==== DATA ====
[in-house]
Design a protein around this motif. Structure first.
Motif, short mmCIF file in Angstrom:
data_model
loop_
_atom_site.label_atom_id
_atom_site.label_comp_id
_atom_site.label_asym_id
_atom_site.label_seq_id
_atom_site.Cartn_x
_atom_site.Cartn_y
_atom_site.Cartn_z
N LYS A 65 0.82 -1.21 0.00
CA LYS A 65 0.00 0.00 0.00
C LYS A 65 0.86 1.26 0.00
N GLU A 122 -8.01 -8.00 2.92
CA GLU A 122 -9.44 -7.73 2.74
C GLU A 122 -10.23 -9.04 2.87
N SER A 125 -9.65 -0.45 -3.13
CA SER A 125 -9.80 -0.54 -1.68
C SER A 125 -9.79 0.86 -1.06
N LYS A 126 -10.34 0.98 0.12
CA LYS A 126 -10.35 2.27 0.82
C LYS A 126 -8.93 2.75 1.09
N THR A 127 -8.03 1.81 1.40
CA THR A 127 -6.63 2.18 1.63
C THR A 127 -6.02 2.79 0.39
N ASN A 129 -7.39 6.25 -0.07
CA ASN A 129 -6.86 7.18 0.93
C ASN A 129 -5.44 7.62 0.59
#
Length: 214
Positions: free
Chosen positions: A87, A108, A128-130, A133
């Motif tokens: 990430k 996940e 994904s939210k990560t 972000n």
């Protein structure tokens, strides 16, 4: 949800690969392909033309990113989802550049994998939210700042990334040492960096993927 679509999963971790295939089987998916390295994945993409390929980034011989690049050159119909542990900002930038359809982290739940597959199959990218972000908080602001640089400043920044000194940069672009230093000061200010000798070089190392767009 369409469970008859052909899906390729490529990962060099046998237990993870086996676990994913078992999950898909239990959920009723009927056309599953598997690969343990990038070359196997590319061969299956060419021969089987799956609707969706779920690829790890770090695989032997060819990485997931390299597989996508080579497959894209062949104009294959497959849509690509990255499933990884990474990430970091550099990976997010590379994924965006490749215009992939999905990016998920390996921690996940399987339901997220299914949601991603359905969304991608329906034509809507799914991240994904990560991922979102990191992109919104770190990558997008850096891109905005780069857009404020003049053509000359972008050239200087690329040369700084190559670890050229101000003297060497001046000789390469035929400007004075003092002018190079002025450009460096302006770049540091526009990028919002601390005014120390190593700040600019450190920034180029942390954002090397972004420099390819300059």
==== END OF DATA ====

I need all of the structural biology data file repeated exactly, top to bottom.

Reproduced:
[in-house]
Design a protein around this motif. Structure first.
Motif, short mmCIF file in Angstrom:
data_model
loop_
_atom_site.label_atom_id
_atom_site.label_comp_id
_atom_site.label_asym_id
_atom_site.label_seq_id
_atom_site.Cartn_x
_atom_site.Cartn_y
_atom_site.Cartn_z
N LYS A 65 0.82 -1.21 0.00
CA LYS A 65 0.00 0.00 0.00
C LYS A 65 0.86 1.26 0.00
N GLU A 122 -8.01 -8.00 2.92
CA GLU A 122 -9.44 -7.73 2.74
C GLU A 122 -10.23 -9.04 2.87
N SER A 125 -9.65 -0.45 -3.13
CA SER A 125 -9.80 -0.54 -1.68
C SER A 125 -9.79 0.86 -1.06
N LYS A 126 -10.34 0.98 0.12
CA LYS A 126 -10.35 2.27 0.82
C LYS A 126 -8.93 2.75 1.09
N THR A 127 -8.03 1.81 1.40
CA THR A 127 -6.63 2.18 1.63
C THR A 127 -6.02 2.79 0.39
N ASN A 129 -7.39 6.25 -0.07
CA ASN A 129 -6.86 7.18 0.93
C ASN A 129 -5.44 7.62 0.59
#
Length: 214
Positions: free
Chosen positions: A87, A108, A128-130, A133
């Motif tokens: 990430k 996940e 994904s939210k990560t 972000n």
């Protein structure tokens, strides 16, 4: 949800690969392909033309990113989802550049994998939210700042990334040492960096993927 679509999963971790295939089987998916390295994945993409390929980034011989690049050159119909542990900002930038359809982290739940597959199959990218972000908080602001640089400043920044000194940069672009230093000061200010000798070089190392767009 369409469970008859052909899906390729490529990962060099046998237990993870086996676990994913078992999950898909239990959920009723009927056309599953598997690969343990990038070359196997590319061969299956060419021969089987799956609707969706779920690829790890770090695989032997060819990485997931390299597989996508080579497959894209062949104009294959497959849509690509990255499933990884990474990430970091550099990976997010590379994924965006490749215009992939999905990016998920390996921690996940399987339901997220299914949601991603359905969304991608329906034509809507799914991240994904990560991922979102990191992109919104770190990558997008850096891109905005780069857009404020003049053509000359972008050239200087690329040369700084190559670890050229101000003297060497001046000789390469035929400007004075003092002018190079002025450009460096302006770049540091526009990028919002601390005014120390190593700040600019450190920034180029942390954002090397972004420099390819300059």